Land tenure system in yolngu life


This diagram, adapted from a diagram by Richard Barwick, shows how gurruṯu (an abstract recursion) and narrative tracks (metaphors) are worked together in Yolngu life to create a working system of land tenure in much the same way that Westerners use numbers (an abstract recursion) and qualities (metaphors) in constituting a working system of land tenure.



Diagram of a double helix.

If one doesn't apply the model too literally, it might be useful to think of gurruṯu as approximated by a double helix. We can take the long axis of the helix as Yolngu society. The two chains symbolise the two moieties, and the base pairs symbolise the kinship linkages which occur throughout the social and natural world. The lines crossing over each other may be taken as symbolising the generations. Perhaps we can interpret the cross-hatching in ITEM 4.5 as looking through 'the tunnel' made by the strands of the double helix - the two moieties.

Many diverse accounts by anthropologists of how the system works might be cited from peoples spread across Australia. For instance, Deborah Bird Rose describes how the Yarralin of the Northern Territory observe the flow of seasons. Unlike Western calendrical cycles based on statistical norms of meteorological variation, directly related to astronomical events, Yarralin cycles focus on a subtle and intricate set of indicators in the local environment, all ultimately linked within the web of genealogical relations. For example, the many terms for different types of rain and different coloured rains have meaning within the same system as the recursive genealogical names through which relations between people are ordered within Yarralin life.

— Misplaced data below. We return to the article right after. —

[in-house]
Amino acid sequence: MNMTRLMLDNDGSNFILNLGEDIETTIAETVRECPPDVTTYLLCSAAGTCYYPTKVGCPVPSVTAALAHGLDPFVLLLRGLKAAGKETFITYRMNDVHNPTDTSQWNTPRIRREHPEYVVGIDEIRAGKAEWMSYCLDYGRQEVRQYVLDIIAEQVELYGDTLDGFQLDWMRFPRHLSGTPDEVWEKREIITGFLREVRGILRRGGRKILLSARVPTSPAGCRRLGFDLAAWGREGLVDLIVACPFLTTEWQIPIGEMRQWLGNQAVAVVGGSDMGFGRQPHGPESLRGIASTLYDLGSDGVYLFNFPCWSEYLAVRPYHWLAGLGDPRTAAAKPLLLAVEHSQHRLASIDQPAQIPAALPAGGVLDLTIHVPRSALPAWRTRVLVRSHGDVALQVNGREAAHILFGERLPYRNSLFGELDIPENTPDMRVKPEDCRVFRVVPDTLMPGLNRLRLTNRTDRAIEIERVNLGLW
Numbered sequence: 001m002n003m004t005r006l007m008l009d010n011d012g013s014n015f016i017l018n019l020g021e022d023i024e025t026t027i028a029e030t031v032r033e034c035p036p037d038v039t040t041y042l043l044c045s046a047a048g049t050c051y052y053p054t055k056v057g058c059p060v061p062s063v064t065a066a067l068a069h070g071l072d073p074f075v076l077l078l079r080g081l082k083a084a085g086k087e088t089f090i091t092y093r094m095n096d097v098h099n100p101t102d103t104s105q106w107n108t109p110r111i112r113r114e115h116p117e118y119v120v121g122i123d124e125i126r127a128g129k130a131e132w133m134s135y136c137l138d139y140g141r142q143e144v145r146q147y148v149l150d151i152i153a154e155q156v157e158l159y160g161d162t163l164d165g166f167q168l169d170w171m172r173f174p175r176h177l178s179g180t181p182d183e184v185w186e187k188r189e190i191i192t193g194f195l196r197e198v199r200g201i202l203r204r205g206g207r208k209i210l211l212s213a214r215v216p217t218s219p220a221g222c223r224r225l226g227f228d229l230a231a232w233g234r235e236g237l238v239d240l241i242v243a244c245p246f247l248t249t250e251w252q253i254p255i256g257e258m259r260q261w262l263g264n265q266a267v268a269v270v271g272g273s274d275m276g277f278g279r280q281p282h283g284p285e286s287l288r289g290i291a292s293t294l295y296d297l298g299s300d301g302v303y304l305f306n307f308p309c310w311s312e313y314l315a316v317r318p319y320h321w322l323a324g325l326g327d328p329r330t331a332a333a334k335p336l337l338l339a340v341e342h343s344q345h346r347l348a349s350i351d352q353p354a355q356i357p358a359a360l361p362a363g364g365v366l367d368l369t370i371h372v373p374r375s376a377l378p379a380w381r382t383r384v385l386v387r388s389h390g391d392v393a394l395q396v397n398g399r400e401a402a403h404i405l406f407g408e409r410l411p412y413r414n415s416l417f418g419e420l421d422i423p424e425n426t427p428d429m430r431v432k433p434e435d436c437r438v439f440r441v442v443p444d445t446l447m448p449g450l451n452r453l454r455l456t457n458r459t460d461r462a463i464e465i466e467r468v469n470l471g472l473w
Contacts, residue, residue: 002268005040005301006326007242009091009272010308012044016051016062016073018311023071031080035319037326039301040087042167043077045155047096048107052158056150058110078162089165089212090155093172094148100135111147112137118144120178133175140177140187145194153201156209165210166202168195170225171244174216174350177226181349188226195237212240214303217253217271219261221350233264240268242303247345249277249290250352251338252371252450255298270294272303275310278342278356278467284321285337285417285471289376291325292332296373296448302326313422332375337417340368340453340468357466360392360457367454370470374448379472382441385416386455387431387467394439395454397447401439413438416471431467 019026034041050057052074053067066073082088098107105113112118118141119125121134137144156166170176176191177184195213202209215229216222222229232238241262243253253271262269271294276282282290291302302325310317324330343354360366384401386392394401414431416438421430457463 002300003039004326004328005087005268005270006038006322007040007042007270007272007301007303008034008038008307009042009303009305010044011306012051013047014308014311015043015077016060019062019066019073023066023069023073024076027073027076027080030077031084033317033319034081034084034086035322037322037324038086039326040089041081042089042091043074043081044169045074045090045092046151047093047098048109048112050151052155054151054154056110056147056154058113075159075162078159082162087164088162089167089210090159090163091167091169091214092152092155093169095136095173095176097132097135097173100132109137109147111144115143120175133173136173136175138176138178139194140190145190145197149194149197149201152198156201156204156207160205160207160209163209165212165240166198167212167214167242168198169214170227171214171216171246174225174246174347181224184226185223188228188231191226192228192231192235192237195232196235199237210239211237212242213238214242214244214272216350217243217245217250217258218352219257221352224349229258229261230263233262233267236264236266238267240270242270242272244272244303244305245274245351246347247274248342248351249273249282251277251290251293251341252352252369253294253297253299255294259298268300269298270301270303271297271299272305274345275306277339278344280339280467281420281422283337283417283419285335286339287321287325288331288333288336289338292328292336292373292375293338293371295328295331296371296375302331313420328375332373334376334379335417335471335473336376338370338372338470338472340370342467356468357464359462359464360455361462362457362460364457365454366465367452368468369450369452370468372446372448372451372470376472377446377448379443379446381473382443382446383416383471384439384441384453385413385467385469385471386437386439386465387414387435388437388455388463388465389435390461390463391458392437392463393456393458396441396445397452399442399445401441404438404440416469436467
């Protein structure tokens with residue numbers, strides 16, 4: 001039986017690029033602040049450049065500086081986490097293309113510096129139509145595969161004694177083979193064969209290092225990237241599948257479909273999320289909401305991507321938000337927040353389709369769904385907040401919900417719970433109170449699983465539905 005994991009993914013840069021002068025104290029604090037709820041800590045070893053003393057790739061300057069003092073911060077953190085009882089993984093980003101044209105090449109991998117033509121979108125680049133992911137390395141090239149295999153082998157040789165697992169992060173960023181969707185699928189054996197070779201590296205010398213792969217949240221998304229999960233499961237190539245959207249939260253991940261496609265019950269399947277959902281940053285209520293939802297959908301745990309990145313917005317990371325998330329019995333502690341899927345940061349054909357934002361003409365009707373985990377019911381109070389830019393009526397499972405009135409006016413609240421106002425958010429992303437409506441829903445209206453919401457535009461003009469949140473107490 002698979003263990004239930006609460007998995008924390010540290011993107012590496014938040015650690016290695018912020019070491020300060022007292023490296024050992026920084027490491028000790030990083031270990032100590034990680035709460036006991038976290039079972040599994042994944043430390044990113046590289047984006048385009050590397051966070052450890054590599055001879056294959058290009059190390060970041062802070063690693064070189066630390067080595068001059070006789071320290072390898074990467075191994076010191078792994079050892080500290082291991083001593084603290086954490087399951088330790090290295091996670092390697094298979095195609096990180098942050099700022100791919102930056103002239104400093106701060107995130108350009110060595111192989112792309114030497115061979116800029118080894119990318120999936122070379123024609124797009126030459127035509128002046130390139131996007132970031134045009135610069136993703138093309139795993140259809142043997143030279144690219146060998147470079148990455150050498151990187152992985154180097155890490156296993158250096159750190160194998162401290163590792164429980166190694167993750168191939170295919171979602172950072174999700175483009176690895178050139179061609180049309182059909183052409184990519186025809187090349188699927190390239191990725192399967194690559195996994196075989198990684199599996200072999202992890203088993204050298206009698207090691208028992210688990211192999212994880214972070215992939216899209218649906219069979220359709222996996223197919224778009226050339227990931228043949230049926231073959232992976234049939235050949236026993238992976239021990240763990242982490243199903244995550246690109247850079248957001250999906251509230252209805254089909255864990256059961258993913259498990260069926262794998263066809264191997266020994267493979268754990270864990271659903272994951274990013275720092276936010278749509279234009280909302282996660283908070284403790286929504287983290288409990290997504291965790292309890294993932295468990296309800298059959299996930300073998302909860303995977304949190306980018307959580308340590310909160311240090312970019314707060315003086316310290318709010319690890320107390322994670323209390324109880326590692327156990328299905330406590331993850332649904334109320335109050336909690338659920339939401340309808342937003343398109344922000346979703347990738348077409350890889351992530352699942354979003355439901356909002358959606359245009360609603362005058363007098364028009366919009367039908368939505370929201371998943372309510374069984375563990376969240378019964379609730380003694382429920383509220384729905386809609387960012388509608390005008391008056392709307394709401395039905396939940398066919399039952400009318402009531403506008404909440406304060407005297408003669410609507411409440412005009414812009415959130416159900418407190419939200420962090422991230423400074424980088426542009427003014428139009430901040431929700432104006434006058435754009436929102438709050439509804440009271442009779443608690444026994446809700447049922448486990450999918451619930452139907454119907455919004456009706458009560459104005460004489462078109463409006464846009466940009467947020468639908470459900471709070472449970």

In a normal course of events, rain comes because the flying foxes have told the rainbow snake that the earth is getting very hot, the trees are all gelling dry, the flowers that are food for the flying fox are gone. They 'say' this by going to roost along the river. So one portion of the seasonal cycle is conceptually linked to a range of faunal species. Many of these species are associated with human beings through matrilineally derived categories of identity. In this way, humans, animals and seasons are brought together as part of a system. Sally Bijibiji (one of the anthropologist's instructors) told me: 'March flies are telling you the (crocodile) eggs are ready.' The value of this kind of information is manifest: the moment at which crocodiles start to lay eggs is quite unpredictable by the western calendar, but it is entirely predictable if one pays attention to march flies ... The other type of biting fly tells you that the bush plums are ready. 'When the brolga sings out, the jarlalka (dark catfish, associated with flood waters) starts to move.' Deborah Bird Rose, 'Exploring an Aboriginal land ethic', Meanjin, vol. 47, no. 3, p.382

Thus we see how genealogical relatedness, formally articulated in a recursive system of names, constitutes an encompassing pattern of Aboriginal life. It involves notions of hierarchy and equivalence, but is not a centralised hierarchy. Each individual and place plays different roles in several different hierarchies, and the many hierarchies woven together form a decentralised orderly mesh. In practical terms the mesh works in a way that de-emphasises competition among individuals in favour of co-operation, and social differentiation tends to be subsumed by social relatedness. Thus, like the number system, the genealogical order carries a powerful ideology. Most importantly, it achieves a general ordering of both the social and the natural world. It maintains an image of continuity and permanence both across space and through the passage of generations.